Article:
This post is for the Flash Fiction for Aspiring Writers (FFfAW) Challenge, run by Priceless Joy. This week’s photo prompt was provided by Graham Lawrence. Thank you, Graham. The challenge is that you write a story of 75-175 words inspired by the picture prompt below. I hope you like it.
“Elsie?” Frances’ tremulous voice broke through Elsie’s absorption. She turned to face her friend, blinking in the early afternoon light as she tore her gaze from her painting.
“Hmm?” she replied absently. Hadn’t it just been morning…? Her sluggish thoughts meandered as if she was emerging from the depths of sleep.
“This… I don’t remember painting this. Why did I paint this?”
“This!” Frances lifted her board. Rather than the other woman’s usual bold flowers two fairies danced upon the stretched paper, elegant forms captured in delicate brushstrokes. “And look.” She pointed at Elsie’s own picture.
Tiny winged figures peeked from behind vibrant blooms. Elsie stared in shock. She hadn’t painted fairies since she was a child! Whilst she’d always been able to lose herself for hours as she painted, this – this was different. She couldn’t remember a single moment of it.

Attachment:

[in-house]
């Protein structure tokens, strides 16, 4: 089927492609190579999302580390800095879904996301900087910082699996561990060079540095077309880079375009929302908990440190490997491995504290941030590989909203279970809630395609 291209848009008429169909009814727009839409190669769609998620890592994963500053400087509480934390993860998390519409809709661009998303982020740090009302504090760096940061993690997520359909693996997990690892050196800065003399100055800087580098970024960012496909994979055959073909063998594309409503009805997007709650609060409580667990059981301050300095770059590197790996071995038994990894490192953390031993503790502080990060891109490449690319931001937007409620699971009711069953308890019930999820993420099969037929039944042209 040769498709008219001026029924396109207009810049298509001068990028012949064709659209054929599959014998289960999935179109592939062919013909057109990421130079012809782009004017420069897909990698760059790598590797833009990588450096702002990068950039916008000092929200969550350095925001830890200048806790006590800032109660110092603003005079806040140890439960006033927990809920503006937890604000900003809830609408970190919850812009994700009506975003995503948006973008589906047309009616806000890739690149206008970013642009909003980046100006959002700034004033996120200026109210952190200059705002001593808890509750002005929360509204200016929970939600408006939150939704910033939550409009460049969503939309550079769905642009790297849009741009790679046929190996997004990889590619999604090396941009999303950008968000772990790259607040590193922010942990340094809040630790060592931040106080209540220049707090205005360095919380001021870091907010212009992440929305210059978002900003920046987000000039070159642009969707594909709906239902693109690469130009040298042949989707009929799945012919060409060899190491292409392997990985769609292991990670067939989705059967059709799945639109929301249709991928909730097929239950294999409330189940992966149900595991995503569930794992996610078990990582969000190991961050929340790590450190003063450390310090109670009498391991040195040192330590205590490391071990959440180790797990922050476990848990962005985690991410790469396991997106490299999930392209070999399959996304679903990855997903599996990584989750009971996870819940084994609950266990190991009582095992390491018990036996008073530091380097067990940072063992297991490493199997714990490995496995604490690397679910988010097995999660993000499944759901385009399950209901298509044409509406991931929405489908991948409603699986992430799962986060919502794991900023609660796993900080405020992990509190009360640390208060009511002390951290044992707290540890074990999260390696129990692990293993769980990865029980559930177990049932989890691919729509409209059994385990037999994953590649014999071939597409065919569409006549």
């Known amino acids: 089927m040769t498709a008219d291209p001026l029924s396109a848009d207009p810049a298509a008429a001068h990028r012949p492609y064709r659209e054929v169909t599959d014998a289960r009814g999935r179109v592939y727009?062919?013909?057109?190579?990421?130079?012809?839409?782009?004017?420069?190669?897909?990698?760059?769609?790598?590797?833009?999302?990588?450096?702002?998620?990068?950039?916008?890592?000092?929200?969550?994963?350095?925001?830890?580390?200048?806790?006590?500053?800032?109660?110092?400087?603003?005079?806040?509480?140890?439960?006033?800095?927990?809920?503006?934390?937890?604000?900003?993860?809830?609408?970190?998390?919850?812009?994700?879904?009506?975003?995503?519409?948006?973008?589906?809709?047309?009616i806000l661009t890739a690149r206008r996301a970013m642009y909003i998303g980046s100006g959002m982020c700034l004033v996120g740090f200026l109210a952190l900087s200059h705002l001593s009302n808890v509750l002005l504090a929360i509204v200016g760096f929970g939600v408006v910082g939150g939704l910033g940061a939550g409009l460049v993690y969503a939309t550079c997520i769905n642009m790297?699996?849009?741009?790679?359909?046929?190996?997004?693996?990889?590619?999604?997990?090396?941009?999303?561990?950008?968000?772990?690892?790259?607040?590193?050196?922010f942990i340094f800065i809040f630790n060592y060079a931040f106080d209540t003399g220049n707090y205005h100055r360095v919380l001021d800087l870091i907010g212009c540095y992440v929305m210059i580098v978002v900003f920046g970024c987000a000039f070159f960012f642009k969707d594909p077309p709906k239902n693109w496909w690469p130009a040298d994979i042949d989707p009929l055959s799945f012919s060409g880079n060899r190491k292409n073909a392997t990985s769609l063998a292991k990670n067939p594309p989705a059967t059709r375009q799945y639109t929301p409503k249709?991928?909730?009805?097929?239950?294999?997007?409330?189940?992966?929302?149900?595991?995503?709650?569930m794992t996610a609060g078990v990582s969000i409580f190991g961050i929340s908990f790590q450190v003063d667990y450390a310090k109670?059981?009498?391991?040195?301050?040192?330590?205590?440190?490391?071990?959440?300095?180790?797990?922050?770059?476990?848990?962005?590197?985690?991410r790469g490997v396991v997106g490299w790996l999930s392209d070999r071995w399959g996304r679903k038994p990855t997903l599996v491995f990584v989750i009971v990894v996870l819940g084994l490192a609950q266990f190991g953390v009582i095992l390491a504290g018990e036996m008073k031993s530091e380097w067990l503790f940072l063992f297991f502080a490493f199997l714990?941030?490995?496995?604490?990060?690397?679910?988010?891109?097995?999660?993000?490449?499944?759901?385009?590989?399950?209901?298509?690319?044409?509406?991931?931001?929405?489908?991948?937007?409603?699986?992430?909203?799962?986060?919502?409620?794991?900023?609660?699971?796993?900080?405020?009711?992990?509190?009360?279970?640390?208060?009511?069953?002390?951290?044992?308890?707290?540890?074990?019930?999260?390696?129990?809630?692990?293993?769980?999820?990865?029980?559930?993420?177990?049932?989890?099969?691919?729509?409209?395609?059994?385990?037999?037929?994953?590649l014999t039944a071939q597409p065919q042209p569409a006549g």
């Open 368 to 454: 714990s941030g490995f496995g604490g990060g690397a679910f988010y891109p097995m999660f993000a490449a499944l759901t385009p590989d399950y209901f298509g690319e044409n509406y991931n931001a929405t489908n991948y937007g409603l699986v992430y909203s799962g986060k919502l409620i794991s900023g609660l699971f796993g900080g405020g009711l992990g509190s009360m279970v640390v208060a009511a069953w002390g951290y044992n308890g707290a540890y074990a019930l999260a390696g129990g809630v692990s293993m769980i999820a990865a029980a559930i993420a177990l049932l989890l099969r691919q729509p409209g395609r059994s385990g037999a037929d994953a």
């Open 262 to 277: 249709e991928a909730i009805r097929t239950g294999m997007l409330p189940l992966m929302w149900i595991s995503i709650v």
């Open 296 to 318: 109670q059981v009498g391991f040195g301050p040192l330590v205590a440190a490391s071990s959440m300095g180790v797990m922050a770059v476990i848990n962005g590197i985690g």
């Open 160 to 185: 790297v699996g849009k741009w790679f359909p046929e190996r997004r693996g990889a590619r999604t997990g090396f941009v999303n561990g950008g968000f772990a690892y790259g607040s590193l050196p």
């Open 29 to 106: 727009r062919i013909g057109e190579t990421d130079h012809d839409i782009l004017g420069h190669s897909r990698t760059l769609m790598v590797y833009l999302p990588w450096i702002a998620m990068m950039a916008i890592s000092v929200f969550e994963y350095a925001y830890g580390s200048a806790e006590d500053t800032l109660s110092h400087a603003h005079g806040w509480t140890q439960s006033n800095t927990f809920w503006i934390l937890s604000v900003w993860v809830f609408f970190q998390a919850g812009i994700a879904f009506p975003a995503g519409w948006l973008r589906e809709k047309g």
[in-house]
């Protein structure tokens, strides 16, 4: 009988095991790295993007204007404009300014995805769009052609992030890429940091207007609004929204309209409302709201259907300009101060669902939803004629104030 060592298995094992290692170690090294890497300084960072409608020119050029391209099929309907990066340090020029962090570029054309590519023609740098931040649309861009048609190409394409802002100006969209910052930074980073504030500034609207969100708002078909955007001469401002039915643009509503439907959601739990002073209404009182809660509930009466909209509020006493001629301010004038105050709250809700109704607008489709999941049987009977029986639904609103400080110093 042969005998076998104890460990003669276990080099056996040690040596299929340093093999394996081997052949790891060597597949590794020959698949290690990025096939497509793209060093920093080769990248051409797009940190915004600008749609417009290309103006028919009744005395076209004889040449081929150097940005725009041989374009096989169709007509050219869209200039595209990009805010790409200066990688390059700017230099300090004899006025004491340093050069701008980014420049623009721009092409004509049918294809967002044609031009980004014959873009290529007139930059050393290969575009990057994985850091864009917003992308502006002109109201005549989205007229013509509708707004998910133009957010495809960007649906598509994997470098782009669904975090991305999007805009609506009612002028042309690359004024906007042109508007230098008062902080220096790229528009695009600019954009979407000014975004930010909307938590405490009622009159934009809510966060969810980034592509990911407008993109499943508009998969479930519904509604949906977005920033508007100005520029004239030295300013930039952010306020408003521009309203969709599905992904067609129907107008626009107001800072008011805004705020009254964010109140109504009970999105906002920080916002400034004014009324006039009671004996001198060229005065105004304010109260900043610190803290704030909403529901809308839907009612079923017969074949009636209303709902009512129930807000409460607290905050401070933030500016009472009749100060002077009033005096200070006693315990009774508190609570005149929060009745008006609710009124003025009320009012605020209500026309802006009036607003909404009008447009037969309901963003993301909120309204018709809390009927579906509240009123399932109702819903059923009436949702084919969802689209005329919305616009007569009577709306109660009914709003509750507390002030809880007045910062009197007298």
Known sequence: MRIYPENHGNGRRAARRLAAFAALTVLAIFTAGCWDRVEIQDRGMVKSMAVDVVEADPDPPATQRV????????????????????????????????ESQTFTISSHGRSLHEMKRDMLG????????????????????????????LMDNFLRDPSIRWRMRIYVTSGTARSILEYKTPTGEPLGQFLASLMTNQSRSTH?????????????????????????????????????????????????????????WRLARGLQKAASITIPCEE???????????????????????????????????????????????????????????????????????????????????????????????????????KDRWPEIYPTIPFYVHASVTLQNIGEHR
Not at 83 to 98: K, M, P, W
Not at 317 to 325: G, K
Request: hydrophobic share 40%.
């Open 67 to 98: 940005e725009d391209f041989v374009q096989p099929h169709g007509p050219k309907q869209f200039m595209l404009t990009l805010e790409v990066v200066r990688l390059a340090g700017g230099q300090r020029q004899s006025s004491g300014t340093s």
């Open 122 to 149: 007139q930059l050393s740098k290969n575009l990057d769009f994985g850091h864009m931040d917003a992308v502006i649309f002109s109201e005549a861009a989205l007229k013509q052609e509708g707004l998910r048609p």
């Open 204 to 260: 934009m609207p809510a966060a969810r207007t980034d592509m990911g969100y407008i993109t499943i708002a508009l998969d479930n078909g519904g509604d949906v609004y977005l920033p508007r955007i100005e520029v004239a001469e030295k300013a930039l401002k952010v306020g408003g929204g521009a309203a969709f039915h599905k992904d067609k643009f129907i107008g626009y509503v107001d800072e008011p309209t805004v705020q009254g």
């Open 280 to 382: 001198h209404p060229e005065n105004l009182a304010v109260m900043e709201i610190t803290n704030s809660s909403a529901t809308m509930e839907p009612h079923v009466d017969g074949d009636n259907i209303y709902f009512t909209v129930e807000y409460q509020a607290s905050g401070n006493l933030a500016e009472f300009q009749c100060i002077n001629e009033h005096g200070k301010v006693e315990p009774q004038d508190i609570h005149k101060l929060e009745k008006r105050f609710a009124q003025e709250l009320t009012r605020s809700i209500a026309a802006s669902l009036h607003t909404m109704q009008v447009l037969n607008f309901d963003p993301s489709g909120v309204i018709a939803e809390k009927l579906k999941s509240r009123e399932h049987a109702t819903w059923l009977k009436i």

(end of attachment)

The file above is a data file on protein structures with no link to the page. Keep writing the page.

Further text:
As they packed away their paints and easels Elsie couldn’t resist peering into the flowerbeds, hoping to catch a glimpse of… something.
A hint of tinkling laughter carried on the breeze.
Word Count: 175
I’m curious as to whether anyone has worked out the reason for the name choices this week… If you haven’t, follow this link!
I apologise to anyone whose posts I didn’t manage to get around to last week. I discovered a new author – Lindsay Buroker, who writes some great fantasy novels set in a steampunk world – and found it rather hard to stop reading! A week later and I’m on book 6 of the series with several more still to read. Despite the urge to abandon my blog in order to bury my nose in a book, I will try to visit everyone this week.
Exploring our connection to the wider world
Wrangling literary arts for writers: words for people!
watching the world of brain research
Trust your own instinct. Your mistakes might as well be your own, instead of someone else’s. Billy Wilder